While preparing lectures recently for my Fall semester course, “Foundations of Biblical Counseling,” what arrived in the mail from Zondervan, but a complimentary copy of A Theology of Biblical Counseling, The Doctrinal Foundations of Counseling Ministry, by Heath Lambert. Perfect timing, I thought. As Heath says, it’s a much-needed book, which aims to gather together in one place a systematized theology of biblical counseling (33). It’s possible to piece such a theology together from numerous other biblical counseling books, but there really was a desperate need for an up-to-date book that would present such material in a careful, clear, and comprehensive way. That’s what I was looking for anyway. I was also hoping that it would demonstrate how the biblical counseling movement has matured in its thinking over the years, showing how it has developed and qualified its presuppositions in response to further prayerful Bible study and constructive critique.
And who better to write such a book than Heath Lambert, Executive Director of The Association of Certified Biblical Counselors, and author of a couple of well-received counseling books, including The Biblical Counseling Movement After Adams, and Finally Free, the first book I usually recommend to anyone struggling with pornography.
When I turned to the book’s table of contents, I immediately saw that it met the aim of comprehensiveness, with chapters relating biblical counseling to Scripture, Common Grace, God, Christ, the Holy Spirit, Humanity, Sin, Suffering, Salvation, and the Church. I’m very much looking forward to diving into these chapters and bringing back theological treasure to share with my students.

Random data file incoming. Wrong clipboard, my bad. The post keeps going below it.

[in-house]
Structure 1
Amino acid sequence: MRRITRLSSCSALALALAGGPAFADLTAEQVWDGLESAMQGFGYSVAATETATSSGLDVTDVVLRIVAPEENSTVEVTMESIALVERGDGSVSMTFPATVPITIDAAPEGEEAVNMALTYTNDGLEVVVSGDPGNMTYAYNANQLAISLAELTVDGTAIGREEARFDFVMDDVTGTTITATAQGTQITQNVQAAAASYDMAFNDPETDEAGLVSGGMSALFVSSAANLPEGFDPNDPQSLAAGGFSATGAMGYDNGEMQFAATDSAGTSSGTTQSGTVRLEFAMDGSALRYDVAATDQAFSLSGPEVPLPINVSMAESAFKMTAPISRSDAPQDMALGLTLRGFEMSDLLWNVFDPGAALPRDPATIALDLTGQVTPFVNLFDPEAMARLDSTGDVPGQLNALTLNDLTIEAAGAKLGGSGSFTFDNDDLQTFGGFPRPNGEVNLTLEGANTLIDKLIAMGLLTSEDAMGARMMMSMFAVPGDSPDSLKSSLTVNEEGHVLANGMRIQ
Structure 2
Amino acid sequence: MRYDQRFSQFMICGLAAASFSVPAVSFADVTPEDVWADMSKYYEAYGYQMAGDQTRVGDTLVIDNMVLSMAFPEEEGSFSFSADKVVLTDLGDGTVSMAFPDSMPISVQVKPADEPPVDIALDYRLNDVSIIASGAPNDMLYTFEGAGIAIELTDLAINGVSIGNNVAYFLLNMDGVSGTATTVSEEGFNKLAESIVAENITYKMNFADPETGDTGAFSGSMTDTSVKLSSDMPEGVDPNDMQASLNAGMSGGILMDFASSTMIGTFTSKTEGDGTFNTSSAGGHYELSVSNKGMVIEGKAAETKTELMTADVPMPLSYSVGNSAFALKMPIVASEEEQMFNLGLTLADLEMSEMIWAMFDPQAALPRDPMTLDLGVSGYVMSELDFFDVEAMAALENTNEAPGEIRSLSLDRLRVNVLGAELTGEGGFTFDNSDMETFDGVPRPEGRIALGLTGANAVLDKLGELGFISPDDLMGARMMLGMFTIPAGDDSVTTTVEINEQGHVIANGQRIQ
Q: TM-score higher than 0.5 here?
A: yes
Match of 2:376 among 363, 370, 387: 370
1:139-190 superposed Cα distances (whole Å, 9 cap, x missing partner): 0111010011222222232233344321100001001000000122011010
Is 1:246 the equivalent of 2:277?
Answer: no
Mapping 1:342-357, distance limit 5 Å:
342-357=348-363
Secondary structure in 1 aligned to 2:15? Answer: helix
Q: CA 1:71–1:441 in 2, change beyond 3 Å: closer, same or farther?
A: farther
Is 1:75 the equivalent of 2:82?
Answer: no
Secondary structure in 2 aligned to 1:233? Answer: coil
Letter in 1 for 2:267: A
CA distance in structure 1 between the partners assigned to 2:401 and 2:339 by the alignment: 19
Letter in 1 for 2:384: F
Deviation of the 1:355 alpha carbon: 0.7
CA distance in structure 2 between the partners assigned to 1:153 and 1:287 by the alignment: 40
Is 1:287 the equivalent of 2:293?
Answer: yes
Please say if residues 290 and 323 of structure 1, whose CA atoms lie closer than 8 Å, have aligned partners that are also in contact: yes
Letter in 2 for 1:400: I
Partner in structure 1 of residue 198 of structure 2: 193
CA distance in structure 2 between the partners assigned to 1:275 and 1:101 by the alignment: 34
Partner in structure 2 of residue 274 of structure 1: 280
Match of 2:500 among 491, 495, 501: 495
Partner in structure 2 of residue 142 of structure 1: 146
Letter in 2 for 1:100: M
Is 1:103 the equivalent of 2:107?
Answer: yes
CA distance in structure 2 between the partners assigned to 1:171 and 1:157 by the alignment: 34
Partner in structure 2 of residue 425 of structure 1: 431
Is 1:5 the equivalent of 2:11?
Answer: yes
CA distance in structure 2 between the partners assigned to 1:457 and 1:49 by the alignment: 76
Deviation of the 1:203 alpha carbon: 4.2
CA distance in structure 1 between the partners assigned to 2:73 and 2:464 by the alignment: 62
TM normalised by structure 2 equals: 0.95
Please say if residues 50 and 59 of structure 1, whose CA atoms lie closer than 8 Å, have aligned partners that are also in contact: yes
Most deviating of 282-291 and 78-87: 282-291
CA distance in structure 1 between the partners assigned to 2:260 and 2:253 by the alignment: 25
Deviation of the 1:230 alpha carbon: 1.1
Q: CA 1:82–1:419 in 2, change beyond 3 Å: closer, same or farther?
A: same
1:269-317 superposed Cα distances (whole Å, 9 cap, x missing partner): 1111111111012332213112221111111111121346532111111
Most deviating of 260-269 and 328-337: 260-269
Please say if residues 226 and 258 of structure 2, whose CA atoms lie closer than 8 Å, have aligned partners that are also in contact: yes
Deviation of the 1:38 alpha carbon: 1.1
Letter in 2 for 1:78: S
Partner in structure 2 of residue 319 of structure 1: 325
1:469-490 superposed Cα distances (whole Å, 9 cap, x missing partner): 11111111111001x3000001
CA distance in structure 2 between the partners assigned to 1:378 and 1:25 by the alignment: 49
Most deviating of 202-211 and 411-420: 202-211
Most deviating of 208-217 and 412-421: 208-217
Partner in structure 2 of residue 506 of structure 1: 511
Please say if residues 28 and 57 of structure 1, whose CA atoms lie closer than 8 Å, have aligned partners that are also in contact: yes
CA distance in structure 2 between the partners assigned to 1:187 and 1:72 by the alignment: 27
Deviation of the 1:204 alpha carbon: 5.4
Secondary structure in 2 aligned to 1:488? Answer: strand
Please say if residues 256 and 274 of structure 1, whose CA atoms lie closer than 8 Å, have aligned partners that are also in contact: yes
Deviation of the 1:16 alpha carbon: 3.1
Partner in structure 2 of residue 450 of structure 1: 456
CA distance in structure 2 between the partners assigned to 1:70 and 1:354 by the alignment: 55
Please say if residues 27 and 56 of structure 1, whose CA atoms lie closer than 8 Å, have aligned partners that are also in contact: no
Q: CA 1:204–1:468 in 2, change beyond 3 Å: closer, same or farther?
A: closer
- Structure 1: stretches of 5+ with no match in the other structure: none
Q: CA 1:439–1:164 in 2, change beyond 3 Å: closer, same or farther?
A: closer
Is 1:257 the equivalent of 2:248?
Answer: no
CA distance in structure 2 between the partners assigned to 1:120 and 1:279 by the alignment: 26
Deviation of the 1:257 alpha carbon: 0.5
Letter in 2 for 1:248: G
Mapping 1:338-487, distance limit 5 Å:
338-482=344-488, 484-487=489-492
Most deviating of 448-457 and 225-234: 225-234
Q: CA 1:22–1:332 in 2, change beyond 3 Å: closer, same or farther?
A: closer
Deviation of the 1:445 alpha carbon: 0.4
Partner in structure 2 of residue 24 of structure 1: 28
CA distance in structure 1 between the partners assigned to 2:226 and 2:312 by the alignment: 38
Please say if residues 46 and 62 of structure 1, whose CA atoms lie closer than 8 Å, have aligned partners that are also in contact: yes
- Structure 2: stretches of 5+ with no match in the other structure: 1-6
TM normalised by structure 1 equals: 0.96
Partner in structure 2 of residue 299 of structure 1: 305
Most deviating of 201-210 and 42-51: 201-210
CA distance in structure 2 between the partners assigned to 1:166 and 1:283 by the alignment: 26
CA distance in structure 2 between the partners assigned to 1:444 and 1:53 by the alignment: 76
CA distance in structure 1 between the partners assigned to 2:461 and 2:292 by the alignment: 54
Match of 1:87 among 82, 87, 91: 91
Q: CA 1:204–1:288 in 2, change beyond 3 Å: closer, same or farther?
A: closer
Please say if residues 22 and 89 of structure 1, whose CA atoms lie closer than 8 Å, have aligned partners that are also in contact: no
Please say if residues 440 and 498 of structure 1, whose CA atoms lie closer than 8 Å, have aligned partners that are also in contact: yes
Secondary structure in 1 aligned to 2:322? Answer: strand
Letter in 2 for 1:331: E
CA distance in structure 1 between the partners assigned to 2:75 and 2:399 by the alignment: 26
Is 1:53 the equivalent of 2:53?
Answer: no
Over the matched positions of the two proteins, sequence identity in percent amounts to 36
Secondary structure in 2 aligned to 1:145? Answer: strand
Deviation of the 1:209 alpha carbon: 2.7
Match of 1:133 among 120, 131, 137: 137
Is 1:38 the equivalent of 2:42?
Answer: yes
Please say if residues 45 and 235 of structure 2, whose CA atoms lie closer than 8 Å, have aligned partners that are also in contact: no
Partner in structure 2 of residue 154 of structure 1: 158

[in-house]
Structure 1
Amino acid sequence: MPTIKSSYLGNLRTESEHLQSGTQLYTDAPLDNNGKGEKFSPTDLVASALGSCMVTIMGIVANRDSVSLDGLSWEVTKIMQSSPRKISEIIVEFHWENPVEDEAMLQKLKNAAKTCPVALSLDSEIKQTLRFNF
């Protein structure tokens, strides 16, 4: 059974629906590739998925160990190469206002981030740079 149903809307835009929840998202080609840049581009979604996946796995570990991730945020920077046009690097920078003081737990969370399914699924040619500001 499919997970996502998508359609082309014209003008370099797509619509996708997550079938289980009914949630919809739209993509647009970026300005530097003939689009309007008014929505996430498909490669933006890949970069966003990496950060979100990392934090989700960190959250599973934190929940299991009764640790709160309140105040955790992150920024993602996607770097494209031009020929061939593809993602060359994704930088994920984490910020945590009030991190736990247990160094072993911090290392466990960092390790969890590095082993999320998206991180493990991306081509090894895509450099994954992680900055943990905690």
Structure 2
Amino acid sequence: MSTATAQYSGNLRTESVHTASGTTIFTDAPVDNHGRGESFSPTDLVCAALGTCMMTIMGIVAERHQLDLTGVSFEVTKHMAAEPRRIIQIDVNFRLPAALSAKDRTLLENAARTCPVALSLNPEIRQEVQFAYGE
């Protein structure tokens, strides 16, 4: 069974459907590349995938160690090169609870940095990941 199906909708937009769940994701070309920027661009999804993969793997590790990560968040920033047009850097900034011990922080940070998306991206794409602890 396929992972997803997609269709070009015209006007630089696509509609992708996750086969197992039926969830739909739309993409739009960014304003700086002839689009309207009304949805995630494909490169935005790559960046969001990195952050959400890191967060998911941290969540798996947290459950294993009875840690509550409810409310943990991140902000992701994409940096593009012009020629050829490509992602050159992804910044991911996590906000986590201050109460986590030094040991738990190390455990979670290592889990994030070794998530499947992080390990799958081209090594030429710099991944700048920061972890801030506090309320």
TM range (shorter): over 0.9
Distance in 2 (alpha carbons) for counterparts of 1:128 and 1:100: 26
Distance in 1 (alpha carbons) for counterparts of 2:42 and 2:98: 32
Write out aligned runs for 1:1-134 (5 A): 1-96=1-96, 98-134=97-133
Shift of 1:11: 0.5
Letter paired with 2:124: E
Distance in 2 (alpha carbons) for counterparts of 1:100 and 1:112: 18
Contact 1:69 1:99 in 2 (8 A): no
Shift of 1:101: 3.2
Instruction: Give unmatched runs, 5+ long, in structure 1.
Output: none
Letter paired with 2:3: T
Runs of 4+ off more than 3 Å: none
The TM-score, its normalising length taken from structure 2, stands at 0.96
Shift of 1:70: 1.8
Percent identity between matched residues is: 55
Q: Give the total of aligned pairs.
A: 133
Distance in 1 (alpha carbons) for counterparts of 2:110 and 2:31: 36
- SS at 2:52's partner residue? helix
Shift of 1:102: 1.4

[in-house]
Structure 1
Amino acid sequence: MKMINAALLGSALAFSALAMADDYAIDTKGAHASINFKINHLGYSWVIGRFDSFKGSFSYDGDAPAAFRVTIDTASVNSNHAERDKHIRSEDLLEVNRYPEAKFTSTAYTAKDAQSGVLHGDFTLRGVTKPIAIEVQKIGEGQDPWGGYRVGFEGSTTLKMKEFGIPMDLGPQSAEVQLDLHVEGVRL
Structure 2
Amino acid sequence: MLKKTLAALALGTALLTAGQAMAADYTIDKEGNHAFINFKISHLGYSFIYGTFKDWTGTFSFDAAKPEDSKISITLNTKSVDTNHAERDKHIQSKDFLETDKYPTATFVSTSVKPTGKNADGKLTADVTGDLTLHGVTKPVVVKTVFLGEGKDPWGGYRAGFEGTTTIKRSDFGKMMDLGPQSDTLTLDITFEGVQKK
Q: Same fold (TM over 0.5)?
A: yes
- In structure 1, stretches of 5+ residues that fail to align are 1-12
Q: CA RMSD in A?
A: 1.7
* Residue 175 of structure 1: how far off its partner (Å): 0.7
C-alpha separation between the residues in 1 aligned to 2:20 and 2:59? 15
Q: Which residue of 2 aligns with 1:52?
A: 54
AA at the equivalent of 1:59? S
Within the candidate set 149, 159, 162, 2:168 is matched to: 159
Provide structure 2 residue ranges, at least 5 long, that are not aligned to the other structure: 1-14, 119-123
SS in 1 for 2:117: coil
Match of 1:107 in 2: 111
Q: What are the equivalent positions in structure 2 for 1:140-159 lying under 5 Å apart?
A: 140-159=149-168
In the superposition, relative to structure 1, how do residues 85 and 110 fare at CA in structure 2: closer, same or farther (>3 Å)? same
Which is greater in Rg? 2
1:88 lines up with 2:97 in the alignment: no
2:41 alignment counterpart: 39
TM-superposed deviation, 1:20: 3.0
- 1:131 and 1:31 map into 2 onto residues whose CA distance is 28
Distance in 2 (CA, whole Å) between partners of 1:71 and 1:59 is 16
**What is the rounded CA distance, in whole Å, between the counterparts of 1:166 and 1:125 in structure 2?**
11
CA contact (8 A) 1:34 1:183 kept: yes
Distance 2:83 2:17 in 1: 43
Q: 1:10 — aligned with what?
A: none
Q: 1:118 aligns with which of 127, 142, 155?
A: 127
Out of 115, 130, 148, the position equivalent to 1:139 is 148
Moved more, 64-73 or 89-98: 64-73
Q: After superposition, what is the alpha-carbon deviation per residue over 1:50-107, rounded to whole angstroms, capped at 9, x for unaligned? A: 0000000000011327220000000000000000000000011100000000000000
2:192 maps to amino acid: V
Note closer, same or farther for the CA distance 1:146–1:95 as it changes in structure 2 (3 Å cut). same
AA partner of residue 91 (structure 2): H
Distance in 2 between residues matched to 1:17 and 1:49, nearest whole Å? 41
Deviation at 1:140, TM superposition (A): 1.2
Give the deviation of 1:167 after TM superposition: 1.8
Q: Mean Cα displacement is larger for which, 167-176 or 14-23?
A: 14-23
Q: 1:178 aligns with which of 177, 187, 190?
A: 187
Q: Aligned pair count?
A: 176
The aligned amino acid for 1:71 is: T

When I finished the first chapter, however, Counseling and Theology: A Crucial Introduction, I felt confused. Instead of clarifying, it raised a number of questions in my mind; and instead of demonstrating progress in the movement, I felt like I was reading some of the less nuanced statements of the early Biblical Counseling Movement. As I not only want to use this book in my classes, but also want it to succeed, I’ve written out my questions and suggested clarifications (numbered for ease of reply) in the hope that responses will not only help me but help others who read the book too. I’ll examine the first part of chapter one today and the second part tomorrow.
THEOLOGY INFORMS COUNSELING
In order to demonstrate that theology informs counseling, Heath begins by answering three questions (1) What is theology? (2) What is counseling? (3) What does counseling require?
(1) The Nature of Theology